The Humane Principle and the Biology of Blame: Evolutionary Origins of the Imperative to Inflict
John A. Humbach
Pace University School of Law
December 16, 2009
Proceedings of Global Conference on Perspectives on Evil and Human Wickedness
The idea that some people "deserve" to suffer has enormous social implications. People insist there is a moral right to cause human suffering. However, as the circle of humans deemed entitled to full human dignity grows wider, the next logical step is to adopt a general principle that any deliberate increase in human suffering is wrong, without exception Such a Humane Principle, to replace the old principle of "just deserts," might be provisionally formulated as follows: "Any act to cause human suffering is wrong and must be avoided unless it is honestly meant as the most humane alternative that the situation presents, according equal concern to all who are affected." Resistance to such a principle is considerable because, unfortunately, people draw unwarranted moral conclusions from their feelings of blame. But these feelings are merely adaptations to conditions that have long ceased to apply. Causing deliberate harm to others has ceased to be either a socially adaptive or morally defensible mode of social control.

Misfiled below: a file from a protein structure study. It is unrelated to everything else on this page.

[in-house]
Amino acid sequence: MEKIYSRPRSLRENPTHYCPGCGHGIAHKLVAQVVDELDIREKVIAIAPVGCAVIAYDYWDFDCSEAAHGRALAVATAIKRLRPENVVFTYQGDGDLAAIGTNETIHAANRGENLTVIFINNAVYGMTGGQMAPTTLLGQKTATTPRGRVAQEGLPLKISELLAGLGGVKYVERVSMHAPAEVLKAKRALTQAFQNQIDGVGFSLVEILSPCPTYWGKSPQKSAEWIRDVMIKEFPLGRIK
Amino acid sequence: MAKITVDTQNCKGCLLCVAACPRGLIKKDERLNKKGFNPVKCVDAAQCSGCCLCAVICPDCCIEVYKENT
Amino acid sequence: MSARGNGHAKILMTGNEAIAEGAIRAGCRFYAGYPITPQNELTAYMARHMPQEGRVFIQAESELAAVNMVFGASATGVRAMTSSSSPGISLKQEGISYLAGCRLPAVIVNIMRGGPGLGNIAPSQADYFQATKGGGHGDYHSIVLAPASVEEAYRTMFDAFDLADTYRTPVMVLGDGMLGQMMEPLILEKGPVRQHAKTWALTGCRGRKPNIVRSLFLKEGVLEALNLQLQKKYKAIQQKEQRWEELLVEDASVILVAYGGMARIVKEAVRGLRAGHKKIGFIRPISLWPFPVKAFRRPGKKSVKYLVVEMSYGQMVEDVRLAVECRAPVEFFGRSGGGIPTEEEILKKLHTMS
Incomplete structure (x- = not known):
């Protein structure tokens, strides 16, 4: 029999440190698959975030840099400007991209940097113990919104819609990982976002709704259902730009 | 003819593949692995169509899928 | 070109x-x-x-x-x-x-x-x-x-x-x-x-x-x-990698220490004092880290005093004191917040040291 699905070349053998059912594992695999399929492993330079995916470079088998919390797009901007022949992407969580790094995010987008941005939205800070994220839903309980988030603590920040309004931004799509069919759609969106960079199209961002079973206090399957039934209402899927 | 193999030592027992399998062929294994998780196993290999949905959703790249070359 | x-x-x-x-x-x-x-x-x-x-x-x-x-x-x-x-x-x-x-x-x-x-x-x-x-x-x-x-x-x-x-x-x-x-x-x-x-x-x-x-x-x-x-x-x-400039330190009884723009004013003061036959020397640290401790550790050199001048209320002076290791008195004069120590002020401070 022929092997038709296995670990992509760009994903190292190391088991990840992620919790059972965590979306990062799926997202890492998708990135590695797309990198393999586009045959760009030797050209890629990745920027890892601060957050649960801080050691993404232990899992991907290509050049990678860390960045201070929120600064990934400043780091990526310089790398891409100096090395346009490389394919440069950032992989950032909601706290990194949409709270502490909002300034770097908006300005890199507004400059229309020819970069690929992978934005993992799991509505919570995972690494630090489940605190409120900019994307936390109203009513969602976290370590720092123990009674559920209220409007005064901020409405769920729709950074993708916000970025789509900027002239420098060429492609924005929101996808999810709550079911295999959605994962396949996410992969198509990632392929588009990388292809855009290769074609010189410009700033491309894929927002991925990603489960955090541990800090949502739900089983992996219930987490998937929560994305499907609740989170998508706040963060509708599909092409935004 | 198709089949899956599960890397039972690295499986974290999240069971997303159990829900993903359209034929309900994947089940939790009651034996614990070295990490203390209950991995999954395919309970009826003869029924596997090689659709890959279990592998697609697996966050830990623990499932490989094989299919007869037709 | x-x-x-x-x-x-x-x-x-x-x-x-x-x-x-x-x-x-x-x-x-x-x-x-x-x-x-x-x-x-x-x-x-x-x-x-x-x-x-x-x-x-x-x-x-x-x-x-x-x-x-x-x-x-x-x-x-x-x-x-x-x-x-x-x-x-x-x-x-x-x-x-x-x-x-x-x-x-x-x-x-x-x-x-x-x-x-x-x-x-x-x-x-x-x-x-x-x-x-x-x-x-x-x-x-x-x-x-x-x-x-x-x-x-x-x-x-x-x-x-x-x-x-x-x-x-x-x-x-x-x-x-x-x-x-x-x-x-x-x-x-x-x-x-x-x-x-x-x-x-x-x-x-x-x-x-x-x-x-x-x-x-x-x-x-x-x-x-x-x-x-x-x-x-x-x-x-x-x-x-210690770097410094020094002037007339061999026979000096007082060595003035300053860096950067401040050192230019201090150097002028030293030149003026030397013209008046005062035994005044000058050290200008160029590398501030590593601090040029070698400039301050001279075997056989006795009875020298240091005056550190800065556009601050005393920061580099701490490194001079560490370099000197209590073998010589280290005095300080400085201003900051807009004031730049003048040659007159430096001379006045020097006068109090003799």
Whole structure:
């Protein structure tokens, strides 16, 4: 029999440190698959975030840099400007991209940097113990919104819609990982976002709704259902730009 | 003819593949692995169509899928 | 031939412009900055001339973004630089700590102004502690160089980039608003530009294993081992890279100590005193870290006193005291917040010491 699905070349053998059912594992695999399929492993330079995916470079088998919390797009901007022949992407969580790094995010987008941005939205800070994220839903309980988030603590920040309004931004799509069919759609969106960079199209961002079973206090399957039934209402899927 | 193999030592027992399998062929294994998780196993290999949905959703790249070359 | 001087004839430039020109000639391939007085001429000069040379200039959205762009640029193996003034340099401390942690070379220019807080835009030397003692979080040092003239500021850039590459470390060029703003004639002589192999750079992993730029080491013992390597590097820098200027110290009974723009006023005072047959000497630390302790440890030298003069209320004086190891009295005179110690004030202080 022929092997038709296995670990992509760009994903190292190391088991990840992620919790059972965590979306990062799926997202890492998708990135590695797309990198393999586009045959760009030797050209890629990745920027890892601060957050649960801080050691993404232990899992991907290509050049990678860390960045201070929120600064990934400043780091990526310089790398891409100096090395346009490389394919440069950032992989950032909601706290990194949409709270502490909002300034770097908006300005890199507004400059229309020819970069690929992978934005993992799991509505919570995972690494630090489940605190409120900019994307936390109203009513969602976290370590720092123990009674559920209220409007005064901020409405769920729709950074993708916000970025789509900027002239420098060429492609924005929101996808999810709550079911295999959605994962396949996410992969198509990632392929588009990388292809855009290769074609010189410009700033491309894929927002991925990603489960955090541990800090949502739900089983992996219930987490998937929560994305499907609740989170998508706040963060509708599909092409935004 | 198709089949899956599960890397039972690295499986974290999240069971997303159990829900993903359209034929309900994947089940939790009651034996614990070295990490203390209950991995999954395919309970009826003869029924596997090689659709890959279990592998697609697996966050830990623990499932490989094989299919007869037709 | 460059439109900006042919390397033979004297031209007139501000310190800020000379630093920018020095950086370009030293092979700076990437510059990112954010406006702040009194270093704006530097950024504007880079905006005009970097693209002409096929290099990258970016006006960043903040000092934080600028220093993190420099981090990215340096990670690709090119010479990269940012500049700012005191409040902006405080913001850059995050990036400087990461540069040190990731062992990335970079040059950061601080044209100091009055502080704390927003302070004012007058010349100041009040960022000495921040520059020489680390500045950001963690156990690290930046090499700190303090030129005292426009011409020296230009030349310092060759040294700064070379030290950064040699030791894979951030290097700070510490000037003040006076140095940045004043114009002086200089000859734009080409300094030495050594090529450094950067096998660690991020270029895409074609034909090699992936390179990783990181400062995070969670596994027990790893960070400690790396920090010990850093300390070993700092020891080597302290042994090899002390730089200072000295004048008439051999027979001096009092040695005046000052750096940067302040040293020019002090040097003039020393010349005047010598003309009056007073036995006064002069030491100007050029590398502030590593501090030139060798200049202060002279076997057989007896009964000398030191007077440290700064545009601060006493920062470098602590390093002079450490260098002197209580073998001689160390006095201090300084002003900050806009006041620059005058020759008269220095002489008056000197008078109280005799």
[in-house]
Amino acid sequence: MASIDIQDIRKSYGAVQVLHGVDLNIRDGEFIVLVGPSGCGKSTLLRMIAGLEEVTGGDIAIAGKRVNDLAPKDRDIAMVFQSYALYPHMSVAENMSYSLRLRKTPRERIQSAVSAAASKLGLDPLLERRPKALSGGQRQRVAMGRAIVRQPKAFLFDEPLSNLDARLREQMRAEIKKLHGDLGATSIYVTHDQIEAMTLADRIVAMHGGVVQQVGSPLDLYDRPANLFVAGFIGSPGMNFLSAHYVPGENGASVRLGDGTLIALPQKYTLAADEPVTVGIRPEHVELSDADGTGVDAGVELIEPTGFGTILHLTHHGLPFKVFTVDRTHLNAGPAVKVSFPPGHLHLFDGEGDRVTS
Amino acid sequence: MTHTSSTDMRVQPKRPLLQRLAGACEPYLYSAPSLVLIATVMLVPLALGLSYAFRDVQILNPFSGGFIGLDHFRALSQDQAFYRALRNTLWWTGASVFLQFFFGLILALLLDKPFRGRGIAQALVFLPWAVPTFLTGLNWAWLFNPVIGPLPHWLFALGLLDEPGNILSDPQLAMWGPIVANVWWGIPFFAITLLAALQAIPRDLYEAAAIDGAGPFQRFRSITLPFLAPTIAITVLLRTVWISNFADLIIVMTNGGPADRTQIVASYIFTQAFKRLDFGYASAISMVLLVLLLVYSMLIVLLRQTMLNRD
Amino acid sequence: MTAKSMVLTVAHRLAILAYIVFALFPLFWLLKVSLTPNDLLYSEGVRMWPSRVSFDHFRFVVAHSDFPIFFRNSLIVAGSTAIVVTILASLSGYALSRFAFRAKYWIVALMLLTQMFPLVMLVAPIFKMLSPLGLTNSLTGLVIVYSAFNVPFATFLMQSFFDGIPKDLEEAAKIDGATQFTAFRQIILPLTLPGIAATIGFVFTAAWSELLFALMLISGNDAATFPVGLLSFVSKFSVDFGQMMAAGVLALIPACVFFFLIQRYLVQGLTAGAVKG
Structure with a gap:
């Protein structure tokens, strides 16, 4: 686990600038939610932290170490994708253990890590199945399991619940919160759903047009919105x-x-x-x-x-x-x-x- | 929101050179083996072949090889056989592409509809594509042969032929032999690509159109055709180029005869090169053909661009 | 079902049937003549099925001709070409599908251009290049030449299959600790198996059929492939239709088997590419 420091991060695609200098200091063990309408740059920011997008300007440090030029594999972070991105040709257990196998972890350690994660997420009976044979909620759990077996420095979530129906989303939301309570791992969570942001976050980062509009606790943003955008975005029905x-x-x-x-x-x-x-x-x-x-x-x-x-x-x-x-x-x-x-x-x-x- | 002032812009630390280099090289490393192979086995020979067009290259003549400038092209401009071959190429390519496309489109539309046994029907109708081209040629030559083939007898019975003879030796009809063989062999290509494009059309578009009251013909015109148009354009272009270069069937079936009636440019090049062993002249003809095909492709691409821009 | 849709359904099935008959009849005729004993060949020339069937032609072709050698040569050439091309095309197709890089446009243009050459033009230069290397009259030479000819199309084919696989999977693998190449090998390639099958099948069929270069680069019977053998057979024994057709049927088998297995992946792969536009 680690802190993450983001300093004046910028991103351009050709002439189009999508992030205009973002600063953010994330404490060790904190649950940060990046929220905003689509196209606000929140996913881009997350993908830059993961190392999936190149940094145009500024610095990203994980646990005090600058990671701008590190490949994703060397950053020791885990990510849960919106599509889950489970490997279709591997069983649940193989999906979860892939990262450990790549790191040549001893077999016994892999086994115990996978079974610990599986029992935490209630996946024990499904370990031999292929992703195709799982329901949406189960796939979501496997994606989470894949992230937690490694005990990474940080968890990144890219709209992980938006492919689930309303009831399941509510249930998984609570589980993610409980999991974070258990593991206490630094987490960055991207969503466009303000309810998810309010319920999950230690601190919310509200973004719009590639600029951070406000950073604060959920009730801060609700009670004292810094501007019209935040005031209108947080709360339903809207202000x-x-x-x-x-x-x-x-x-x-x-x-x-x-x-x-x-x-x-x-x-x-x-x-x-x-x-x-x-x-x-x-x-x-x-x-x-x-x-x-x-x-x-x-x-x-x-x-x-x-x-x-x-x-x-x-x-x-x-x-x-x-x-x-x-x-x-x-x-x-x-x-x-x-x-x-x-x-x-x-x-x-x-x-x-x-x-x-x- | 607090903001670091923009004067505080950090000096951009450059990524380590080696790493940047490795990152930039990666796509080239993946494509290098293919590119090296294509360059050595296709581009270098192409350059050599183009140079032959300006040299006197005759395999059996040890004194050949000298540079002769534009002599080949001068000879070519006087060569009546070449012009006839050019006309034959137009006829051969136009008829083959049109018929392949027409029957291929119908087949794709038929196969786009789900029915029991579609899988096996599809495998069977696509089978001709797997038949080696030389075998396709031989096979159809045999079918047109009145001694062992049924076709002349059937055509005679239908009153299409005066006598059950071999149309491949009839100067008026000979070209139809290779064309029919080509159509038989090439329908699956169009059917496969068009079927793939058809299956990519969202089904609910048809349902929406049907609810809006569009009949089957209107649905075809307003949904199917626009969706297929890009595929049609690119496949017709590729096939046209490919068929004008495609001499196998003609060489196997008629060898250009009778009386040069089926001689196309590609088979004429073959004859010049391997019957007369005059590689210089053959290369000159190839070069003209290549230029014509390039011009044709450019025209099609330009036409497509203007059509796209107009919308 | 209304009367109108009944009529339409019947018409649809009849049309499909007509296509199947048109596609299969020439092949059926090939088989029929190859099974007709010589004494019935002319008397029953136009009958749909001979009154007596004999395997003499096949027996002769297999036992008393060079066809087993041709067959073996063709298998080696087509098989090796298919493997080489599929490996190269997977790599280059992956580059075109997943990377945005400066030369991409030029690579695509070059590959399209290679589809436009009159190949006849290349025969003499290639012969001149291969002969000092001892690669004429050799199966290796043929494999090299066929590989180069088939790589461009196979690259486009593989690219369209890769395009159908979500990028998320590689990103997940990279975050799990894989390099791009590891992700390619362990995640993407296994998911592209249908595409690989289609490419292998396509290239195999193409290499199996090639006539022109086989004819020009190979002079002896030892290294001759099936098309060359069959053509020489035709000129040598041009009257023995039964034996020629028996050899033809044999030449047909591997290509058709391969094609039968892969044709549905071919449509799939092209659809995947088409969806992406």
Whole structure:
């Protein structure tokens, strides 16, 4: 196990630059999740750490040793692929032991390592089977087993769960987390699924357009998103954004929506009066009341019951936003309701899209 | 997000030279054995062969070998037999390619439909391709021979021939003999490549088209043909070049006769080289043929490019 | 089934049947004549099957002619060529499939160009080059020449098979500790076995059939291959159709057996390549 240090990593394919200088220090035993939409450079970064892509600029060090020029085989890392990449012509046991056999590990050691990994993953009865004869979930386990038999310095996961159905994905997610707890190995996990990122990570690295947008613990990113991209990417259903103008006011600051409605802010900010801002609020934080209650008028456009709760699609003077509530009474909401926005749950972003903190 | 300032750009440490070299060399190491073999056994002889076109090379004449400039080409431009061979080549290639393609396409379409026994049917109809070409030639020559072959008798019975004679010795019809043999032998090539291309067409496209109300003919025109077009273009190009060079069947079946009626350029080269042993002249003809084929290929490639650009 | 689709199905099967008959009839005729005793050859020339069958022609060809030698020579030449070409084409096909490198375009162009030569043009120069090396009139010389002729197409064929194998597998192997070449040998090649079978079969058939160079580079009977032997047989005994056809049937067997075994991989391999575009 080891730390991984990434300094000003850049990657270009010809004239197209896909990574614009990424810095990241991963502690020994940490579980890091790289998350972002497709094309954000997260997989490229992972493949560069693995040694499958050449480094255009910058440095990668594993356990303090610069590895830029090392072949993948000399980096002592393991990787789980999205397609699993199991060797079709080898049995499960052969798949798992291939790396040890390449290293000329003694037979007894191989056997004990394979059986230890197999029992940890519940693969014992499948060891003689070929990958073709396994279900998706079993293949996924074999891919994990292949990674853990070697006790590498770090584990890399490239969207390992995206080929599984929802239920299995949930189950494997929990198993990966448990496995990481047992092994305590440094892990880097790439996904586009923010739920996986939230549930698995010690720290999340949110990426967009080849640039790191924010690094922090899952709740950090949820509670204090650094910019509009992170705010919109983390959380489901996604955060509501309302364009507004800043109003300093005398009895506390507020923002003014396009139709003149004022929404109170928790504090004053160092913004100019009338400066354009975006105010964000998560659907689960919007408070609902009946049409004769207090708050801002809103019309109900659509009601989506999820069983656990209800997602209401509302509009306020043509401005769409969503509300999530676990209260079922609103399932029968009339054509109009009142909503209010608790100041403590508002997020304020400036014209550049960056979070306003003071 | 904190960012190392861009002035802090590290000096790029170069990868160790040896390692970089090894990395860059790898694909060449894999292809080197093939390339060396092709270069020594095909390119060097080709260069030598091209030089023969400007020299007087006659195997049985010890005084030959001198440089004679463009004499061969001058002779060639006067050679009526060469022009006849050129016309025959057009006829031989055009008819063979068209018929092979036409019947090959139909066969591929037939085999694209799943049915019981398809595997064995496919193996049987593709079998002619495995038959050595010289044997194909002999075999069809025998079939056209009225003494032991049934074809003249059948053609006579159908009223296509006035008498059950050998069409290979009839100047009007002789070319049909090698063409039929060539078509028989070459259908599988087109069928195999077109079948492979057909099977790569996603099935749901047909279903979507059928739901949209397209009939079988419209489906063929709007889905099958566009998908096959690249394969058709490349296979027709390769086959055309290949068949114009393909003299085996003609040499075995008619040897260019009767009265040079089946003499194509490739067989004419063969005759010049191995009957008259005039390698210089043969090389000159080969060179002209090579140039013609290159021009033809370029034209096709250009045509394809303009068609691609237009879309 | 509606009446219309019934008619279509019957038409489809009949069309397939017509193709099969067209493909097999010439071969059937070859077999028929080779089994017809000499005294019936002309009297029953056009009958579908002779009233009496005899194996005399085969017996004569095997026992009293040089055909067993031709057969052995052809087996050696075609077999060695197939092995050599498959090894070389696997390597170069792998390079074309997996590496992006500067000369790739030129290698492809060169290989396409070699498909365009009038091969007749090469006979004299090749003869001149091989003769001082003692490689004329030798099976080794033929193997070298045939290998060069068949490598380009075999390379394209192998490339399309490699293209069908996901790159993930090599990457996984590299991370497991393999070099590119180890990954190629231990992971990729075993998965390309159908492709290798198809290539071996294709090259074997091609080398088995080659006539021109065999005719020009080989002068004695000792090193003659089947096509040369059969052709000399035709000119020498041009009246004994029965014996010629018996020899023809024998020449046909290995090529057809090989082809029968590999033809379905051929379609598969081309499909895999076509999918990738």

Number of Pages in PDF File: 18
Keywords: blame, Humane Principle, evolution of morals, evolutionary psychology, evolving appetites for violence, legitimacy of violence, retribution, upward moral trajectory, just deserts
Date posted: December 20, 2009 ; Last revised: March 21, 2010
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